I’m choosing to focus on the hyperlinked academic library, but specifically, the law library and it’s changing landscapes. Much of the literature we have been reading pertains to changing the space of the library as the materials users are needing and wanting also evolves. In law specifically, the print materials quickly become out of date at the law changes, literally every day. Due to this, digital resources are often the surest and quickest way to get the most accurate answer to a query about a specific legal matter. This trend is not specific to law libraries, but it does mean that a majority of our collection is unnecessary for a good portion of our users. As Keith Webster writes, “We need to rethink our business model for the digital age and redesign our model of interaction with the research community” (Webster, 2017). I think this also means we need to rethink the physical space and how we use it in our libraries.
One idea that has caught my eye throughout my research about changing physical spaces is the idea of makerspaces. One review of the possibilities of makerspaces explains, “a makerspace is an area where people can come together to create things, experiment and learn together” (Jones, 2013). In this model, the library allows for space for patrons to collaborate as well as utilize the library in the traditionally solitary and quiet way. By allowing for more spaces in which our law students can study together, respectively and calmly debate, and bounce idea off of each other, a makerspace encourages learning in which you are not alone. In reality, when our law students graduate and many go on to be lawyers, it rarely is a solitary work environment. Collaboration is outrageously common given the many practice areas of law and the inter-connectedness of such specialties. For instance, if a lawyer is practicing family law, they will likely encounter tax law as well as estate law.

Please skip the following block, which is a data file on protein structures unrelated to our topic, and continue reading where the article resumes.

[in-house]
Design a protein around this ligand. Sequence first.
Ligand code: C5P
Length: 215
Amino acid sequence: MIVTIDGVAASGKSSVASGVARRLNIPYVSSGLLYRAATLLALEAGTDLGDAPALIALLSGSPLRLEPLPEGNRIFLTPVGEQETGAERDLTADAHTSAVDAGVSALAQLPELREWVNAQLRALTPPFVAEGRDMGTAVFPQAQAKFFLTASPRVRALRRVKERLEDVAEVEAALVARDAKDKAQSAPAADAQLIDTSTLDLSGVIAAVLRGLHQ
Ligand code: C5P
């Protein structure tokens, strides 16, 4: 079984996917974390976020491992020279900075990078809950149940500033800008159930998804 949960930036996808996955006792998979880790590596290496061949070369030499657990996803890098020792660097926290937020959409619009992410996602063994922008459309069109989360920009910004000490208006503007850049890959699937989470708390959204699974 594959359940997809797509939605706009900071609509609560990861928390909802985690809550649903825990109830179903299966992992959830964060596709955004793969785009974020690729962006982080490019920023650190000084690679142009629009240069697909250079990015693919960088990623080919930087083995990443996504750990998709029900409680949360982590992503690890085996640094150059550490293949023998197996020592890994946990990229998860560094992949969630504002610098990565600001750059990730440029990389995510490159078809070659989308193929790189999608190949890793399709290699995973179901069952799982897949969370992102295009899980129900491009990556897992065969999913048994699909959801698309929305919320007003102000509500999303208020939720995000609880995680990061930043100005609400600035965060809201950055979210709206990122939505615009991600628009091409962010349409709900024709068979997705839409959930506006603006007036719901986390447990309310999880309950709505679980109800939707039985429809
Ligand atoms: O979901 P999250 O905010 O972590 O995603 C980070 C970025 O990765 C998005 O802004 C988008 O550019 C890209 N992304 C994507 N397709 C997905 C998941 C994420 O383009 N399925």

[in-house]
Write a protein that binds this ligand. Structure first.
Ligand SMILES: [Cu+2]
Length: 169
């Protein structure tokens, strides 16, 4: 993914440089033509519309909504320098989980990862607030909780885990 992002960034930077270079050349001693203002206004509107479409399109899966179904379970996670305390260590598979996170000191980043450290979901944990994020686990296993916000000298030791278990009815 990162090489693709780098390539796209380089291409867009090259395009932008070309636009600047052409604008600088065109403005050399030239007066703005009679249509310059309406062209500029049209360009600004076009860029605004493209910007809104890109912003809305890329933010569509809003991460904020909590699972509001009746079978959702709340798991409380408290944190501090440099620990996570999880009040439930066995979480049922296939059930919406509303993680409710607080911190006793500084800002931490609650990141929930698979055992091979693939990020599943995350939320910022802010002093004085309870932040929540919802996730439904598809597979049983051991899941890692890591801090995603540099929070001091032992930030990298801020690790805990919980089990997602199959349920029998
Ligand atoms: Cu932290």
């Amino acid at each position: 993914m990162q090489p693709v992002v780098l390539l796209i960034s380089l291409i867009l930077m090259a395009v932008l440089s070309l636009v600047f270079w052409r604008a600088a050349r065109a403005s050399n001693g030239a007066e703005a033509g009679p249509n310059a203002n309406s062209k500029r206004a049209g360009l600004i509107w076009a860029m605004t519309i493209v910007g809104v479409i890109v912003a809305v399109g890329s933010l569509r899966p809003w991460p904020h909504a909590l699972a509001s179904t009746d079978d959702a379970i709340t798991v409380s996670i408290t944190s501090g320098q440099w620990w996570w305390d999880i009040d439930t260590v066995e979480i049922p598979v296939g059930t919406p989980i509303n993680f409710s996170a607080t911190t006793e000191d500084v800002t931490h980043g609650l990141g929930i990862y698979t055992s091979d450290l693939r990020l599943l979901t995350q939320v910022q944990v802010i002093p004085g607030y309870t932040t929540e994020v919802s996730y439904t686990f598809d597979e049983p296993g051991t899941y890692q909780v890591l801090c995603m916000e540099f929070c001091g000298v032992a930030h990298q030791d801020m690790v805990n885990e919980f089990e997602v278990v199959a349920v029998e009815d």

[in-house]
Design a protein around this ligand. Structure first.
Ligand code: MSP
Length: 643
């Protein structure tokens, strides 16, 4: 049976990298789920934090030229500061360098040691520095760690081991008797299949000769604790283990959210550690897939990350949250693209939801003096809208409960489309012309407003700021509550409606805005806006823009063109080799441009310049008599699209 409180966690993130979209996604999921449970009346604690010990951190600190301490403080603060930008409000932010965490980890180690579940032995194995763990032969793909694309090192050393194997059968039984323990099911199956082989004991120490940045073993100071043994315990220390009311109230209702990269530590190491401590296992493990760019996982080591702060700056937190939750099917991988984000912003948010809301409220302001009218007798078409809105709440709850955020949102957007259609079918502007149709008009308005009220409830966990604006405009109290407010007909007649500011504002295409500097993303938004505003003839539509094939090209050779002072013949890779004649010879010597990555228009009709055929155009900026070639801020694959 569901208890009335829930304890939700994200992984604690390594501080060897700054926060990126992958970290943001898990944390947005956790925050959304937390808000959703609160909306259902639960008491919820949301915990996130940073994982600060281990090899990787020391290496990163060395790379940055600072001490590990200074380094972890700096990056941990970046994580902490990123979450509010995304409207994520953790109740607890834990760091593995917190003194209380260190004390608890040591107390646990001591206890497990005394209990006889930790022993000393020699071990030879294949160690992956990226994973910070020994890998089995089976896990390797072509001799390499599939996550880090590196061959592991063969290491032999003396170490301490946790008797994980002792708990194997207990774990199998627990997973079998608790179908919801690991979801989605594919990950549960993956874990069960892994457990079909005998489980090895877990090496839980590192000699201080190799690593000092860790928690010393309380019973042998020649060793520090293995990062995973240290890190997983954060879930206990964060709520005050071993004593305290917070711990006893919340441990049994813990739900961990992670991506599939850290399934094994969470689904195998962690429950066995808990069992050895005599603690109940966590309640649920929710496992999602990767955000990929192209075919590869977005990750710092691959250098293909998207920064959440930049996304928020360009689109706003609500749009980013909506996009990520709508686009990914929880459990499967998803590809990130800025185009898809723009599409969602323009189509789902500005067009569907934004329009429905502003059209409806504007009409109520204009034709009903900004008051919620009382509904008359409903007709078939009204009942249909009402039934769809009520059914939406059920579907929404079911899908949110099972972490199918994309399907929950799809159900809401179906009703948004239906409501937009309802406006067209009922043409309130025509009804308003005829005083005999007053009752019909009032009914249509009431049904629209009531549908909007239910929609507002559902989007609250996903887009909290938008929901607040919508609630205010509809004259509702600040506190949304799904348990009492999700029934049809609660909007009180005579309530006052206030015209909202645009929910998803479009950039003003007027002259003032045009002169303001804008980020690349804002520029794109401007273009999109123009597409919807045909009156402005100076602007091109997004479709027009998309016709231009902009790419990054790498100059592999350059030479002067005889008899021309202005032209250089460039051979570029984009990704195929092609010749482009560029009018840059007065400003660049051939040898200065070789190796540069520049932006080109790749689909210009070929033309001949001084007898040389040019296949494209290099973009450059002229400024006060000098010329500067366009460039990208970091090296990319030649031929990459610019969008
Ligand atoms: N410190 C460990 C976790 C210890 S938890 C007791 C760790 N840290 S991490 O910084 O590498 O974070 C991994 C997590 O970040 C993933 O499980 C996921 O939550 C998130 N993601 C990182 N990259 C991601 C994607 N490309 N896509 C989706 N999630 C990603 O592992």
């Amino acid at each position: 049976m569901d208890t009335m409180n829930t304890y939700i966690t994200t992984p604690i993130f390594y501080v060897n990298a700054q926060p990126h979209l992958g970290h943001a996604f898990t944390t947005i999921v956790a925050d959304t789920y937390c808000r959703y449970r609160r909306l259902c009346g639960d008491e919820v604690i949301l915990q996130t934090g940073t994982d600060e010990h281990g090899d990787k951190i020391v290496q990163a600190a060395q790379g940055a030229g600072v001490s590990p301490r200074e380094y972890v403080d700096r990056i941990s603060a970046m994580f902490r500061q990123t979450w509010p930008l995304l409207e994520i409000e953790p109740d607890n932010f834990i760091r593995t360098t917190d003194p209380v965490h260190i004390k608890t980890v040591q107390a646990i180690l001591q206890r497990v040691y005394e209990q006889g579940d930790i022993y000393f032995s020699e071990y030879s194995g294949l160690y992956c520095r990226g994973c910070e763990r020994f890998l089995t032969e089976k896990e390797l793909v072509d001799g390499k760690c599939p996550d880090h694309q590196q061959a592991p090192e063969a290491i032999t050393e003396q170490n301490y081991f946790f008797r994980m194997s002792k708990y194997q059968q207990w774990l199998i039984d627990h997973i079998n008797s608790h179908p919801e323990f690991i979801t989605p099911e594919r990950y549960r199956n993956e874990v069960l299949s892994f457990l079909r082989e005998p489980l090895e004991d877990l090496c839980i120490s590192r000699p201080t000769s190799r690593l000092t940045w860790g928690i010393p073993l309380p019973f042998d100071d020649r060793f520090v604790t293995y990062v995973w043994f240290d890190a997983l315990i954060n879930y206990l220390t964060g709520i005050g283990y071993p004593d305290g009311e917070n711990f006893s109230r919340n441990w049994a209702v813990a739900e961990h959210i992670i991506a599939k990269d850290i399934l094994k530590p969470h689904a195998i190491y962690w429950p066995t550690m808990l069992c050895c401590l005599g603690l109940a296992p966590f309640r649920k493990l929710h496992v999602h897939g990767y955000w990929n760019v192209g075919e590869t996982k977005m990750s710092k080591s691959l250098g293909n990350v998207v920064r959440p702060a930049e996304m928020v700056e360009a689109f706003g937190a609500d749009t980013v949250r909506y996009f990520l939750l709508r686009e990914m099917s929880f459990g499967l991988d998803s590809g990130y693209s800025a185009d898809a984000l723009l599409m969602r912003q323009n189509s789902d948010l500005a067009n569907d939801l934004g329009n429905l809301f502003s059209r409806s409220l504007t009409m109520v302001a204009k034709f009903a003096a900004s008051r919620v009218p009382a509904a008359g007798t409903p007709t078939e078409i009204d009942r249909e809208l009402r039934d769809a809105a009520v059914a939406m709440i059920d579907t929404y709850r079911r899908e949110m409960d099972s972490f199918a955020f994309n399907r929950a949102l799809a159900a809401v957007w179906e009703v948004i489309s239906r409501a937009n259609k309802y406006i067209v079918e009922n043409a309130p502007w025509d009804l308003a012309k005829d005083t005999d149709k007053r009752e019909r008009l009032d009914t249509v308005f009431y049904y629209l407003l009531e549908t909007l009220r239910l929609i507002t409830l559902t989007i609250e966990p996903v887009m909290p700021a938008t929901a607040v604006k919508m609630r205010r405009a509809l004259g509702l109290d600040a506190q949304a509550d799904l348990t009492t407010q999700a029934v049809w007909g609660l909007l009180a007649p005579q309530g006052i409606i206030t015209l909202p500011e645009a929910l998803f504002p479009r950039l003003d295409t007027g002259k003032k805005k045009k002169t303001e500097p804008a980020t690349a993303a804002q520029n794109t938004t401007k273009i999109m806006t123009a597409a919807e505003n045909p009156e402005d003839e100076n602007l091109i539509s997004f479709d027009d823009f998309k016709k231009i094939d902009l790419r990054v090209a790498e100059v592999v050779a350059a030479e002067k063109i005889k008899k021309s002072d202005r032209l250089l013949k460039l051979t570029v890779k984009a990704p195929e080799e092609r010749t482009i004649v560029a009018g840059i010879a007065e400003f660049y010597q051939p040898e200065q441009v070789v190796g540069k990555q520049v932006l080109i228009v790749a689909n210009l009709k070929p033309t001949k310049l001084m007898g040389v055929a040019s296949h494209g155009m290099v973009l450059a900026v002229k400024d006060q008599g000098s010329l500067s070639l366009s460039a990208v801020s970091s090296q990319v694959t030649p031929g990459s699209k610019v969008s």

An idea I’ve had for our library is to withdraw and discard many of the out of date and unused materials that we are currently paying for to be kept untouched and air conditioned. By doing this, the shelves that line the library wall to wall can be eliminated making space for more collaboration spaces with soft seating, conference tables, charging stations and the like. I enjoy Antony Groves ideas about a pop-up makerspace that does not have to be permanent. By providing a space where new technologies can be discovered, explained, and tested, our students will not only be drawn back into the library, but our graduates may have the upper hand when it comes to knowing about emerging technologies. Having a space for a reference librarian to explain a new database or tool connects students with the librarians, brings them back physically, and helps them to stay up to date on top technologies and researching tools. This could also be a space where students learn new formulas for drafting different documents or learn new procedures. By keeping the space available for collaboration and learning, where students can make something together and with help, the makerspace allows for successes and failures to occur without grading consequences. This experimental space could help students gain confidence in their work and abilities as well. As change and adaptability continue to be the focus of the library, while the the user is always first and foremost priority, makerspaces help law students and in turn will help the school.
Antony Groves: http://blogs.lse.ac.uk/impactofsocialsciences/2016/02/23/the-journey-of-a-pop-up-library-makerspace/
Keith Webster: http://blogs.lse.ac.uk/impactofsocialsciences/2017/02/15/reimagining-the-role-of-the-library-in-the-digital-age-changing-the-use-of-space-and-navigating-the-information-landscape/?platform=hootsuite
Darren Jones: https://informationspaces.wordpress.com/tag/makerspace/